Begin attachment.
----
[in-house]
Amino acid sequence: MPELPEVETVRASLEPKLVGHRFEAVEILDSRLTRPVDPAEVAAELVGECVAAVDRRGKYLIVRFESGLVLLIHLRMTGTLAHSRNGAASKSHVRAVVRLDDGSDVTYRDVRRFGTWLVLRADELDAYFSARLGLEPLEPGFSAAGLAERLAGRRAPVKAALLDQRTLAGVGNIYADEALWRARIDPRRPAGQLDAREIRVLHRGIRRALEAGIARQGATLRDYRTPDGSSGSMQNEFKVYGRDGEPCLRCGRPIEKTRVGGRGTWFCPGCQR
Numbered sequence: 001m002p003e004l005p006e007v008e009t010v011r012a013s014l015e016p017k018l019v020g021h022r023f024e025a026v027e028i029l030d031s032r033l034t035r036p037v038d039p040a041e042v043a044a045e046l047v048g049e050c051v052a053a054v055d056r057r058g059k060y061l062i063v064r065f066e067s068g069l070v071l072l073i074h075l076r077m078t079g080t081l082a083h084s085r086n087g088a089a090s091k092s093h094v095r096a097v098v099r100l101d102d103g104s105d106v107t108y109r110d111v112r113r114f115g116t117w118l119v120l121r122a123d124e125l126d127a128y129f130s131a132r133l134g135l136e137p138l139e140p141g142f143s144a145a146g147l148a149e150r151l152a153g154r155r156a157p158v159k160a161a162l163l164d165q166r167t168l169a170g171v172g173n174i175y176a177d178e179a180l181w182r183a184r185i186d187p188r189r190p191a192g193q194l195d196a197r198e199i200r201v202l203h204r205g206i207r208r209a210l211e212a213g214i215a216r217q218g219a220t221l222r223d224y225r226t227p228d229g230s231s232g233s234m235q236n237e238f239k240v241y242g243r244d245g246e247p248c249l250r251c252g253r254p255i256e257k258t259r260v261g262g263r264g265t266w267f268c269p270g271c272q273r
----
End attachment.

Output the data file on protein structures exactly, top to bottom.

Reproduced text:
[in-house]
Amino acid sequence: MPELPEVETVRASLEPKLVGHRFEAVEILDSRLTRPVDPAEVAAELVGECVAAVDRRGKYLIVRFESGLVLLIHLRMTGTLAHSRNGAASKSHVRAVVRLDDGSDVTYRDVRRFGTWLVLRADELDAYFSARLGLEPLEPGFSAAGLAERLAGRRAPVKAALLDQRTLAGVGNIYADEALWRARIDPRRPAGQLDAREIRVLHRGIRRALEAGIARQGATLRDYRTPDGSSGSMQNEFKVYGRDGEPCLRCGRPIEKTRVGGRGTWFCPGCQR
Numbered sequence: 001m002p003e004l005p006e007v008e009t010v011r012a013s014l015e016p017k018l019v020g021h022r023f024e025a026v027e028i029l030d031s032r033l034t035r036p037v038d039p040a041e042v043a044a045e046l047v048g049e050c051v052a053a054v055d056r057r058g059k060y061l062i063v064r065f066e067s068g069l070v071l072l073i074h075l076r077m078t079g080t081l082a083h084s085r086n087g088a089a090s091k092s093h094v095r096a097v098v099r100l101d102d103g104s105d106v107t108y109r110d111v112r113r114f115g116t117w118l119v120l121r122a123d124e125l126d127a128y129f130s131a132r133l134g135l136e137p138l139e140p141g142f143s144a145a146g147l148a149e150r151l152a153g154r155r156a157p158v159k160a161a162l163l164d165q166r167t168l169a170g171v172g173n174i175y176a177d178e179a180l181w182r183a184r185i186d187p188r189r190p191a192g193q194l195d196a197r198e199i200r201v202l203h204r205g206i207r208r209a210l211e212a213g214i215a216r217q218g219a220t221l222r223d224y225r226t227p228d229g230s231s232g233s234m235q236n237e238f239k240v241y242g243r244d245g246e247p248c249l250r251c252g253r254p255i256e257k258t259r260v261g262g263r264g265t266w267f268c269p270g271c272q273r